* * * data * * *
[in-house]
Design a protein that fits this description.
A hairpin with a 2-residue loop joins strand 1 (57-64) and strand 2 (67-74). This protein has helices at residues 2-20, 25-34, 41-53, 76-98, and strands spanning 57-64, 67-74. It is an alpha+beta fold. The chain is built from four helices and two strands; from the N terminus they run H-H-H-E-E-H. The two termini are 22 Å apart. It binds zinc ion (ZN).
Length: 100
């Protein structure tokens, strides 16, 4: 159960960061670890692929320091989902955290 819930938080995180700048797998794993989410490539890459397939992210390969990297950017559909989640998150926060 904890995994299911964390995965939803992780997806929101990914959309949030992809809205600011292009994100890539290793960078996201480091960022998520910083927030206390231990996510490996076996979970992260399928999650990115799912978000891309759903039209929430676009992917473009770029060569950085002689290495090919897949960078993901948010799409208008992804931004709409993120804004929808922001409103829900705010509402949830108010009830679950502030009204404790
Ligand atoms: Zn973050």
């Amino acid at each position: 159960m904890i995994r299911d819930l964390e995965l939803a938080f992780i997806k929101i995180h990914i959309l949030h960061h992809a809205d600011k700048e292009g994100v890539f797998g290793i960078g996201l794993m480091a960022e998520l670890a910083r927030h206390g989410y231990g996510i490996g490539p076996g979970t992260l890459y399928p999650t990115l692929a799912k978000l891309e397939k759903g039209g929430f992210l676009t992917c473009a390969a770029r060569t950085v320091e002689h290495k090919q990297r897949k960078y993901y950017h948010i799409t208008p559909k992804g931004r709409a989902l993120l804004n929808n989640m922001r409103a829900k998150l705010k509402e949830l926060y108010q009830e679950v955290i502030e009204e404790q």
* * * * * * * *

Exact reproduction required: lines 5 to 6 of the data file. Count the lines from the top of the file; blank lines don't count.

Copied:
């Protein structure tokens, strides 16, 4: 159960960061670890692929320091989902955290 819930938080995180700048797998794993989410490539890459397939992210390969990297950017559909989640998150926060 904890995994299911964390995965939803992780997806929101990914959309949030992809809205600011292009994100890539290793960078996201480091960022998520910083927030206390231990996510490996076996979970992260399928999650990115799912978000891309759903039209929430676009992917473009770029060569950085002689290495090919897949960078993901948010799409208008992804931004709409993120804004929808922001409103829900705010509402949830108010009830679950502030009204404790
Ligand atoms: Zn973050």